In the latest Scottish Medicines Consortium (SMC) meeting, the committee has recommended four new medicines and rejected two.
Among the positive opinions are Kite pharma’s Yescarta (axicabtagene ciloleucel), MSD’s cancer blockbuster Keytruda (pembrolizumab), Ipsen's Decapeptyl SR (triptorelin acetate) and AbbVie’s Skyrizi (risankizumab).
Yescarta, initially rejected by the organisation in February this year, was accepted following consideration through SMC’s Patient and Clinician Engagement (PACE) process, which is used for medicines to treat end of life and very rare conditions.
The initial rejection meant that patients with aggressive forms of non-Hodgkin lymphoma (NHL), including relapsed or refractory diffuse large B-Cell lymphoma and primary mediastinal large B-cell lymphoma, who have potentially exhausted all treatment options, were not be able to access the technology.
The CAR-T cell therapy works by using the patient’s own immune cells (T-cells) to destroy the cancer cells, and was approved after PACE participants spoke of how there are limited treatment options for this condition.
The committee says that the treatment could potentially offer long-term disease control and may be life extending for some patients.
Secondly, Keytruda was approved for metastatic non-squamous non-small cell lung cancer (NSCLC), also through the PACE process. When added to chemotherapy, the drug can control symptoms, meaning patients are likely to remain well and live longer.
The committee also accepted Decapeptyl for the treatment of early stage breast cancer, as it offers another treatment option for those at high risk of recurrence.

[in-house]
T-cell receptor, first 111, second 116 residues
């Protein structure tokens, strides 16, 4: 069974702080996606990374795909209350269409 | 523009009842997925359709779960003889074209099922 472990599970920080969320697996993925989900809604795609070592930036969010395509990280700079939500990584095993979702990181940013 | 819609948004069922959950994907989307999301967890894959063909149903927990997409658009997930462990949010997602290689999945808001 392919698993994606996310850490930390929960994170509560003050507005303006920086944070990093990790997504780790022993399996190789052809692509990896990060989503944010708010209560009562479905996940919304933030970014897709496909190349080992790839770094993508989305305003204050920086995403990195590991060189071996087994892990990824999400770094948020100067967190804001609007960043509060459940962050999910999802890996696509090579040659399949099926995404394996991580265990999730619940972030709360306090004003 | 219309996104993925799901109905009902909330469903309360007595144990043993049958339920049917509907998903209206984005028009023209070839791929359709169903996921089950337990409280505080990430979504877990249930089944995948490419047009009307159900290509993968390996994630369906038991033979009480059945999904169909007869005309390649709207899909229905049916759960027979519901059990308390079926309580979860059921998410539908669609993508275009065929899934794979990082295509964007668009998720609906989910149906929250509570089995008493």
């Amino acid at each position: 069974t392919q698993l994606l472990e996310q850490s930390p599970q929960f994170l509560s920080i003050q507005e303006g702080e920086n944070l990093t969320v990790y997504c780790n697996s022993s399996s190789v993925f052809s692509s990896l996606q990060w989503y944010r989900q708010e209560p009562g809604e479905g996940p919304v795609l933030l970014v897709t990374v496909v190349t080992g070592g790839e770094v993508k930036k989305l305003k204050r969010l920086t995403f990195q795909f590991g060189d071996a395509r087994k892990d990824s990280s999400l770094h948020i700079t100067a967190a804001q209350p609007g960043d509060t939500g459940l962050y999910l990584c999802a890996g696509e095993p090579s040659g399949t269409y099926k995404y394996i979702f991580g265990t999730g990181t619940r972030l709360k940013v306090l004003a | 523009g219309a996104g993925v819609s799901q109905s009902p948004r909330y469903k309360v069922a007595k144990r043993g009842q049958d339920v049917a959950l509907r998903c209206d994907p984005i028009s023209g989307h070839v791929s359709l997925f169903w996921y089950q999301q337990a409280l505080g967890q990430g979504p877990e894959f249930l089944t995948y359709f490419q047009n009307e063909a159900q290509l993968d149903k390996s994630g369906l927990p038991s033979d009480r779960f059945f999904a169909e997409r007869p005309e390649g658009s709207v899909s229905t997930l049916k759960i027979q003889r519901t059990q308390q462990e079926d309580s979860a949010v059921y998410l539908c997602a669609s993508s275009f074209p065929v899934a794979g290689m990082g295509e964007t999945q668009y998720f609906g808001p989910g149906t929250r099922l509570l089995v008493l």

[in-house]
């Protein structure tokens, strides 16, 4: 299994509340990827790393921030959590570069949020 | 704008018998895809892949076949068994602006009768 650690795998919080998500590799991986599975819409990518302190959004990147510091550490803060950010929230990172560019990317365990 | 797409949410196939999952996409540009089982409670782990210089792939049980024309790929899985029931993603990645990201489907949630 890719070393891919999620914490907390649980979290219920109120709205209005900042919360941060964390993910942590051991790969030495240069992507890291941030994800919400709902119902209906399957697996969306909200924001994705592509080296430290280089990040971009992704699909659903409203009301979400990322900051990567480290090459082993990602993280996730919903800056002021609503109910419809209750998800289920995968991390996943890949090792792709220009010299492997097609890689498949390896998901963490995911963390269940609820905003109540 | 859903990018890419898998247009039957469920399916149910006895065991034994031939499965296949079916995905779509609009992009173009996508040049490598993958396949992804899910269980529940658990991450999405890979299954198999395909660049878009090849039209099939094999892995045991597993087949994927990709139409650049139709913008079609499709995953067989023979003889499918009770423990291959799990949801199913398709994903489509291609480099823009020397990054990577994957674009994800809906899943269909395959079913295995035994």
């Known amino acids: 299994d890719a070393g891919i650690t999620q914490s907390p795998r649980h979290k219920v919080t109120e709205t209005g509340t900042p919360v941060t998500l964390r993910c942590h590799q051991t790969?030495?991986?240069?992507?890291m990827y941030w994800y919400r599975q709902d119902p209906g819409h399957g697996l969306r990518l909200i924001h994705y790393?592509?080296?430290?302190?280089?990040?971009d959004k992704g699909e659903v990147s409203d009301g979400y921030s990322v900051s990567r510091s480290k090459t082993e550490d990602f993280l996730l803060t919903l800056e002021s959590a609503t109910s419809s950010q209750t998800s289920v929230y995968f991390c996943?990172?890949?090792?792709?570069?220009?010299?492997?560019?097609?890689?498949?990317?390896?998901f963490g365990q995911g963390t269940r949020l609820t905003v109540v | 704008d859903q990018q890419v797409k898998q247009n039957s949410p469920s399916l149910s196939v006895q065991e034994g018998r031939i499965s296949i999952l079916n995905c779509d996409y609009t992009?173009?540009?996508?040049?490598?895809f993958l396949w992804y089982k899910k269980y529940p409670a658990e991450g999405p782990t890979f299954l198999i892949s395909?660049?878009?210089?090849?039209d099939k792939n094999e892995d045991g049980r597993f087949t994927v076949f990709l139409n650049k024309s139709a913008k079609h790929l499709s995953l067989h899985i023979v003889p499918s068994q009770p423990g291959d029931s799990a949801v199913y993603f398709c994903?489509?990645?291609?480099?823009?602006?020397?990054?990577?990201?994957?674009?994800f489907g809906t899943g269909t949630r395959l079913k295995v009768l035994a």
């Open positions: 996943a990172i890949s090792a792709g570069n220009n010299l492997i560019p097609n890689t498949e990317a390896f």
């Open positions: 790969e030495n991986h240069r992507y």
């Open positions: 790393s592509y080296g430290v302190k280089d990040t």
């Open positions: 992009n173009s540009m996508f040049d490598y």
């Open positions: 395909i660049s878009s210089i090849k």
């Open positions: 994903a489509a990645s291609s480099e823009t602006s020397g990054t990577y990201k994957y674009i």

Finally, the group gave a positive opinion to Skyrizi for the treatment of moderate to severe plaque psoriasis in adults, as currently available treatments can cause unwanted side effects in some patients and even where a medicine initially controls the condition, in time it may stop working so well.
On top of the four acceptances, the committee rejected Perjeta (pertuzumab) and Xtandi (enzalutamide) for the treatment of early stage breast cancer and prostate cancer, respectively.
Perjeta was rejected due to the company’s evidence about the clinical and economic benefits of the medicine being “not strong enough’” and Xtandi was not accepted due to “uncertainty in the company’s evidence around the benefits of using it at this stage in the treatment pathway.”
Richard Erwin, general manager, Roche Products, commented on the rejection, saying that the company is “frustrated and disappointed that the SMC has declined to make Perjeta available in this adjuvant indication.”
He continued to say: “We have worked closely with all stakeholders in Scotland to find a route to make Perjeta available. Roche is committed to finding a solution to ensure that access is granted as soon as possible. We will meet the SMC this week to discuss the reasons why the medicine was declined and make a decision on our next steps from there.”
SMC, chairman Dr Alan MacDonald, rounded up the decisions by saying he is “pleased our committee members were able to accept these four new medicines for use by NHSScotland”, before going on to comment:
“We know there are currently limited treatment options for those with this stage of lymphoma. Axicabtagene ciloleucel offers an innovative and potentially life extending treatment for those with this condition, and we hope our decision will benefit them, their families and carers.
“For those with metastatic non-squamous non-small cell lung cancer (NSCLC), pembrolizumab can extend life expectancy giving patients the chance of some valuable extra time with their families in the context of this incurable illness.”
He also said “We know from patient groups and clinicians that triptorelin acetate will be a welcome additional treatment option for those with early stage breast cancer at high risk of recurrence.”